Having been vegan for nearly five years, I’ve come to learn that certain places are simply off-limits to someone with dietary proclivities such as my own. Italian restaurants, for instance, are usually a no go unless I want to eat skimpy noodles while everyone else dines on meat and seafood dripping with melted cheese and butter. Same with Korean barbecue and Brazilian steakhouses — neither of which typically have much to offer for herbivores.
But rather than staying away from supposedly prohibited cuisines, the team behind Berkeley’s brand new vegan deli, The Butcher’s Son (1941 University Ave.), sees them as a challenge to innovate. The freshly minted establishment is the brainchild of chef Peter Fikaris, who honed his skills with faux meats at The Source in San Francisco, and his sister and business partner, Christina Stobing. Fikaris, who is vegan, came up with the concept for The Butcher’s Son after a trip to New York, where traditional Italian-American delis abound. The lack of vegan options he encountered inspired him to create a deli catered to those with plant-based diets.
Stobing and Fikaris’ father was the owner of Michael’s American Vegetarian Diner, which was in business on Telegraph Avenue in the 1990s, and Italian cooking was one of his specialties. While the siblings were raised vegetarian, they wanted to create vegan versions of their favorite Italian-American foods that don’t cut out any of the richness.
“You can get vegan food in different cuisines, but Italian is hard,” she said. “It’s more of a challenge to make these delicious, vegan Italian foods filled with ricotta and other delicious cheeses.”
Furthermore, one of the hardest things about going vegan isn’t necessarily forgoing certain foods: It’s missing out on social rituals that are based around particular meals. And one such experience most vegans must bid farewell is visiting an old-school, Italian-American deli and choosing items to take home by the pound — something The Butcher’s Son seeks to remedy.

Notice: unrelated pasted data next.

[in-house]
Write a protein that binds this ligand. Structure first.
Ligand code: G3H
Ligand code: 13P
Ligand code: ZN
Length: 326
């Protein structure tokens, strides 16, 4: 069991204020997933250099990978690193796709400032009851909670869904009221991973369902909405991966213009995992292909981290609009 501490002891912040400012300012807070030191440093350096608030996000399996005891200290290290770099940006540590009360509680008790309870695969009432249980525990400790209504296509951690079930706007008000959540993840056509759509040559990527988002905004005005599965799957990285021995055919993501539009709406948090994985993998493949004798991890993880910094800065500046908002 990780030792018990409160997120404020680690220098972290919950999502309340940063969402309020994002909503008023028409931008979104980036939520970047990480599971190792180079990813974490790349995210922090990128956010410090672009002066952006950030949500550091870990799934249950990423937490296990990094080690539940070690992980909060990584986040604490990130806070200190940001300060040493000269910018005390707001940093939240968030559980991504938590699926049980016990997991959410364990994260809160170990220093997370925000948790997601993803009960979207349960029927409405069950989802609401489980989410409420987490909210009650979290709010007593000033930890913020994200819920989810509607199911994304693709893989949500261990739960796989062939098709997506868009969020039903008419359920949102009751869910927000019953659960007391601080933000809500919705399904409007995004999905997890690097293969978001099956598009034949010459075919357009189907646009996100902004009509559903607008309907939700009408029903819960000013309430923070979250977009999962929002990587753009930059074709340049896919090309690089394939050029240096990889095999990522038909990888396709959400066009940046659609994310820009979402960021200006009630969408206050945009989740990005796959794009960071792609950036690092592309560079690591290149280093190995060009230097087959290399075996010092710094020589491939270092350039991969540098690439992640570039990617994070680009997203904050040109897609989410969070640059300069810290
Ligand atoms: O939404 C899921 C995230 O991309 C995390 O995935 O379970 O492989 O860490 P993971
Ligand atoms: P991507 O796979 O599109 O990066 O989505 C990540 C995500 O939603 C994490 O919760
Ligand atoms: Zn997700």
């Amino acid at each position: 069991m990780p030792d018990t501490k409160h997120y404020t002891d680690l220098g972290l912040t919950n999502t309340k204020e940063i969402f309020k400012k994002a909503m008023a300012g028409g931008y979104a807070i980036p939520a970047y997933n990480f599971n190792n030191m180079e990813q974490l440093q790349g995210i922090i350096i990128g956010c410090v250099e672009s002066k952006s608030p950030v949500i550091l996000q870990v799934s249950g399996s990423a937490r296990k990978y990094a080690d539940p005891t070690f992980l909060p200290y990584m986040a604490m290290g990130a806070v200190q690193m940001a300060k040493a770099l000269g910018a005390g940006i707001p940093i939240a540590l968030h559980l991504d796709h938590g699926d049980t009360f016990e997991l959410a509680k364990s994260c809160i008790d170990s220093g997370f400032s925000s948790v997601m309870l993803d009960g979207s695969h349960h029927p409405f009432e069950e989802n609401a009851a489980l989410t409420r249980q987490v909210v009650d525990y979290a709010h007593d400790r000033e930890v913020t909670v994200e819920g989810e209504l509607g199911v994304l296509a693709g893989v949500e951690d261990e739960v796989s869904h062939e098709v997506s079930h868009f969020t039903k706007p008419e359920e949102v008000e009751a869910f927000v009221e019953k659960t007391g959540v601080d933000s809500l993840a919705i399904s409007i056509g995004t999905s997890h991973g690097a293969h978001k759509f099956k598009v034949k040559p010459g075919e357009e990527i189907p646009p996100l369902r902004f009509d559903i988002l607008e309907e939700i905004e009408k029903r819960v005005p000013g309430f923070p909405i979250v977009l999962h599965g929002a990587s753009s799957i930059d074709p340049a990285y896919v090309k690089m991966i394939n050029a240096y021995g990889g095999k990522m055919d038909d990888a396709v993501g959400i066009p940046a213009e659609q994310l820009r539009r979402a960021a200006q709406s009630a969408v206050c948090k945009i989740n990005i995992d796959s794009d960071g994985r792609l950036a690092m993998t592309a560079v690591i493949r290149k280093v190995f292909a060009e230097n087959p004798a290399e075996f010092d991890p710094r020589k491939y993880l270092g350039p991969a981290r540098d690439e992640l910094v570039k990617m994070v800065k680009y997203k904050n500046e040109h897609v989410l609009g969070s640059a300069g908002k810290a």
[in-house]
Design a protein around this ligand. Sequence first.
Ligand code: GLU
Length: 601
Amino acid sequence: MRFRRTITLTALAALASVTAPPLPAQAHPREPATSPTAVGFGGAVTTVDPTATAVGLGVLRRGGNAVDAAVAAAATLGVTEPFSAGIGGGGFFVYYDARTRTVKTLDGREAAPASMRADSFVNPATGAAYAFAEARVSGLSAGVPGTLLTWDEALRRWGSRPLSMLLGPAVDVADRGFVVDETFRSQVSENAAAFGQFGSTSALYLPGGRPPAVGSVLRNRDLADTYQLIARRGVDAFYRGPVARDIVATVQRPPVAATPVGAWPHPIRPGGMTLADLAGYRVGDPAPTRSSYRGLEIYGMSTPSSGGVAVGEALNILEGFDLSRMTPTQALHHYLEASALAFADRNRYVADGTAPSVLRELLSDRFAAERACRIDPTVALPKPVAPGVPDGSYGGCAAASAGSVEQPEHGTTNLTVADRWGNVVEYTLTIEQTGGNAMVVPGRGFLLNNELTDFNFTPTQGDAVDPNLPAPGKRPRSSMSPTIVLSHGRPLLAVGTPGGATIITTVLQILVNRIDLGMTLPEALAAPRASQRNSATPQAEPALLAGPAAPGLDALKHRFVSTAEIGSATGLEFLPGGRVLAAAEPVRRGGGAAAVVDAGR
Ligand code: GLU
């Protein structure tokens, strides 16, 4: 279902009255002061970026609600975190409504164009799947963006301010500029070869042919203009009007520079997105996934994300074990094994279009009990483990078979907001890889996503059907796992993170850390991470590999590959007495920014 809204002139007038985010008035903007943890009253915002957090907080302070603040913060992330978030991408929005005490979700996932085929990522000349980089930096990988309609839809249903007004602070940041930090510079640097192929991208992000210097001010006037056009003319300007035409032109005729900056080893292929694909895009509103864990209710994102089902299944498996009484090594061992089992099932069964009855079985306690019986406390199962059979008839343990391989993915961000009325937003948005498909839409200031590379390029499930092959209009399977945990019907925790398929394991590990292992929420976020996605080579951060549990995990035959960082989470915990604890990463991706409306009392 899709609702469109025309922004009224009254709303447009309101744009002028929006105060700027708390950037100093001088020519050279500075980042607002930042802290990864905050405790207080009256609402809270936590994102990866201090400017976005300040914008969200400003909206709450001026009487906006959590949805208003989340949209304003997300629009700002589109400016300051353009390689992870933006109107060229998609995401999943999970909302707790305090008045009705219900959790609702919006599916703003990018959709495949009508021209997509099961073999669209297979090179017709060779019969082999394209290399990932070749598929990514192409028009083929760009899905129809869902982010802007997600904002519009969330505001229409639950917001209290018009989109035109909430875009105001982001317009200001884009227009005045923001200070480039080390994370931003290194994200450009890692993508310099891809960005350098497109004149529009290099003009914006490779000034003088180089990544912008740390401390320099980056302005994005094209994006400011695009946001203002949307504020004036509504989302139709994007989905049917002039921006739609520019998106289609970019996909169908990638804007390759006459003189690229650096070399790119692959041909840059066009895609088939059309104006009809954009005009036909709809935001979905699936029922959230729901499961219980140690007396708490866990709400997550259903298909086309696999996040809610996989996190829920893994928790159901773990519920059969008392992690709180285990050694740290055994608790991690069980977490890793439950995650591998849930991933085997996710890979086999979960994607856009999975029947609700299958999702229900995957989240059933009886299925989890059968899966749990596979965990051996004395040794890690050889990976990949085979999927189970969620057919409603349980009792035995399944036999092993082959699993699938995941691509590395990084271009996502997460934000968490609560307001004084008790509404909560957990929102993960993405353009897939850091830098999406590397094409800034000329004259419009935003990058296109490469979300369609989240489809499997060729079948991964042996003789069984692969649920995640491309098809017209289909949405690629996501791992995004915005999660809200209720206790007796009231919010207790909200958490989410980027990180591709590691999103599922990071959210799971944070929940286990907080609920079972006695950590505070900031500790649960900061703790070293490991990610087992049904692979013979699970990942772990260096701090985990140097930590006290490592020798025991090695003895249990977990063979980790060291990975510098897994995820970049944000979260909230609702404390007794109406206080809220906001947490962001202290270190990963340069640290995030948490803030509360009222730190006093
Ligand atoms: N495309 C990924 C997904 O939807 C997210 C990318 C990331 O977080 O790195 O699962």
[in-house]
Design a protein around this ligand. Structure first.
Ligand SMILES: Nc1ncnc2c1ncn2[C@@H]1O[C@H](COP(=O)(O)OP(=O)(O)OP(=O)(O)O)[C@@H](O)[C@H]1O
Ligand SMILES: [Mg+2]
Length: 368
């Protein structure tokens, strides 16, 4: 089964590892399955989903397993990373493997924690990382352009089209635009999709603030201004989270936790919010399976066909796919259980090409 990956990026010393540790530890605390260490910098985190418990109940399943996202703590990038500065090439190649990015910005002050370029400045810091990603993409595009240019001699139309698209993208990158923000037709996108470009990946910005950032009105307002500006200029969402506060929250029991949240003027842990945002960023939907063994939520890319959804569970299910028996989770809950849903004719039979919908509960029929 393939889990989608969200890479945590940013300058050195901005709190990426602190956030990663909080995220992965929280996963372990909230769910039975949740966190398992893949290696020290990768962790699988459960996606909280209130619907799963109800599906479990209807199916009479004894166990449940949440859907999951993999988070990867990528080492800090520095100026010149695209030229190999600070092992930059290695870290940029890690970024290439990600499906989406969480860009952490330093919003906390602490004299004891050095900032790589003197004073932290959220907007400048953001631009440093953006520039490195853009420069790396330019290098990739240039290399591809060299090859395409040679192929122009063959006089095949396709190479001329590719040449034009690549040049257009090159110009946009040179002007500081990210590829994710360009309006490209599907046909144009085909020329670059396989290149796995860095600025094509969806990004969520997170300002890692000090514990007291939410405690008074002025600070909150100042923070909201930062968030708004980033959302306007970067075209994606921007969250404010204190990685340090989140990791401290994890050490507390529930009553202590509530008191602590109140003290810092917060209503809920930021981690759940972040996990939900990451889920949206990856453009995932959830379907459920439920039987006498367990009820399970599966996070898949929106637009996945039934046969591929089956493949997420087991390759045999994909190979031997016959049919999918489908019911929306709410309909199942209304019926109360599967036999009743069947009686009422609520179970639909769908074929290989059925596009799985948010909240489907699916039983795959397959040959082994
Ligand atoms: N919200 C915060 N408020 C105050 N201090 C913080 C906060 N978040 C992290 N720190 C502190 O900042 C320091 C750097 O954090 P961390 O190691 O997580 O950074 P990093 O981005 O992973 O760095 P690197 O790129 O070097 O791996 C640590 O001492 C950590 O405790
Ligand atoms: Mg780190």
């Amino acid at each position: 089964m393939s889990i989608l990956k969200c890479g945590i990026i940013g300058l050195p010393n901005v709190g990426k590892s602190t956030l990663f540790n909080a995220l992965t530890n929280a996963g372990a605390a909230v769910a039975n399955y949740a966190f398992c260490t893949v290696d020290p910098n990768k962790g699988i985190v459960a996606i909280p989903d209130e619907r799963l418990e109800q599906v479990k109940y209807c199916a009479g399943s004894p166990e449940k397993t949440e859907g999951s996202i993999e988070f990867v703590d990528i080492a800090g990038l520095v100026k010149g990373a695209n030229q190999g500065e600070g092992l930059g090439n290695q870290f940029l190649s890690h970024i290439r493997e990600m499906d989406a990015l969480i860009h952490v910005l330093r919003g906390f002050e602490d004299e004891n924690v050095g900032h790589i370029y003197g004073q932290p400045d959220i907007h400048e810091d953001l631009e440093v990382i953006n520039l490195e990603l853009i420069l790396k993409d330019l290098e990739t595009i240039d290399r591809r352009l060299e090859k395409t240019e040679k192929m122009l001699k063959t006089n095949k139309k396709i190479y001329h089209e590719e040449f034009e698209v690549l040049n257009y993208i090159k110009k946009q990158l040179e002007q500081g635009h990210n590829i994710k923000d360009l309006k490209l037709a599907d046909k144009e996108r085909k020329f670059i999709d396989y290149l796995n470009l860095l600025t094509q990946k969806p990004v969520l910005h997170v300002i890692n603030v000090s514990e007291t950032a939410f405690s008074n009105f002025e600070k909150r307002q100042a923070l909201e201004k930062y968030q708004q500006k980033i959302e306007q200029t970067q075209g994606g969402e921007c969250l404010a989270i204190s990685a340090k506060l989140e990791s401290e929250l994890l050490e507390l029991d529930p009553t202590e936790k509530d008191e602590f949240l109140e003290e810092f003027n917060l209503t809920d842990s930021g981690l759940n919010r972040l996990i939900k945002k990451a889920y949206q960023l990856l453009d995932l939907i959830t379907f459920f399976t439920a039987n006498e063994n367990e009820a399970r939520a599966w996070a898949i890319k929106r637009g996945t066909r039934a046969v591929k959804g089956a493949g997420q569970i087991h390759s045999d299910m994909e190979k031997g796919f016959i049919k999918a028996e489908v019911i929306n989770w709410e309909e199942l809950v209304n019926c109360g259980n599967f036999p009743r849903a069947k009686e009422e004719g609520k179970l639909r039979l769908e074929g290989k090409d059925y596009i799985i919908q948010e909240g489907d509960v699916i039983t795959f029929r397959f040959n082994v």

Because the deli officially opened in late February, its menu is still limited, but features a rotating selection of decadent sandwiches in addition to bulk items behind the counter. According to Stobing, its offerings will expand soon. When I came in last week, I saw pulled “pork” and a teriyaki pineapple roast available in bulk in the display case, as well as a selection of plump, vegan croissants — plain and chocolate — and egg- and dairy-free cannolis miraculously oozing with rich cream.
While the deli counter was surprisingly somewhat bare (I was looking forward to bulk vegan cheeses, which are coming soon), the sandwiches were the main attraction, and customers lined up eagerly during the entirety of my midday visit. The lunch menu was informally tacked onto the glass display case with a piece of tape and featured vegan takes on such classics as a fried mozzarella meatball sandwich, a Philly cheesesteak, and a pulled-pork sandwich.
Almost all of the fake meats at The Butcher’s Son are made in-house using a blend of seitan (a wheat gluten-based protein), mushrooms, and textured vegetable protein. I sampled the “meatball” sandwich with “mozzarella” sticks — which was exquisitely rich, with mushrooms, marinara sauce, and grilled bell peppers adding a complexity of textures and flavors to its salty and fatty main components. On the other hand, the “pulled pork,” which was made out of yuba (a tofu skin culled from the congealed layer that forms atop boiled soy milk), was somewhat chewy, especially when served on a tough ciabatta roll — though coleslaw lent the sandwich a refreshing coolness.
The Grinder, which may soon become a menu staple according to Stobing, was the best sandwich I tried, with spicy jalapeños and crunchy lettuce accenting the tender “beef” and “chicken” seitan on a flaky baguette.
While people become vegan for a variety of reasons — eating better, decreasing their carbon footprint, concern for animal welfare — The Butcher’s Son isn’t for the health-nut crowd. This a place where vegans can enjoy the delicious experience of falling into a carb-induced food coma. And while the fake meats are genuinely tasty, the amount of glutinous ingredients renders the majority of the menu a bit heavy and bready.
Still, The Butcher’s Son is in its soft opening phase, and Stobing said that, soon, its menu will include salads, lasagnas, and ravioli, as well as more types of sandwiches and bulk faux meats and cheeses. It’s off to a strong start so far and, with the recent closure of long-running vegan restaurant Café Gratitude, is a welcome addition to the East Bay’s plant-based food scene.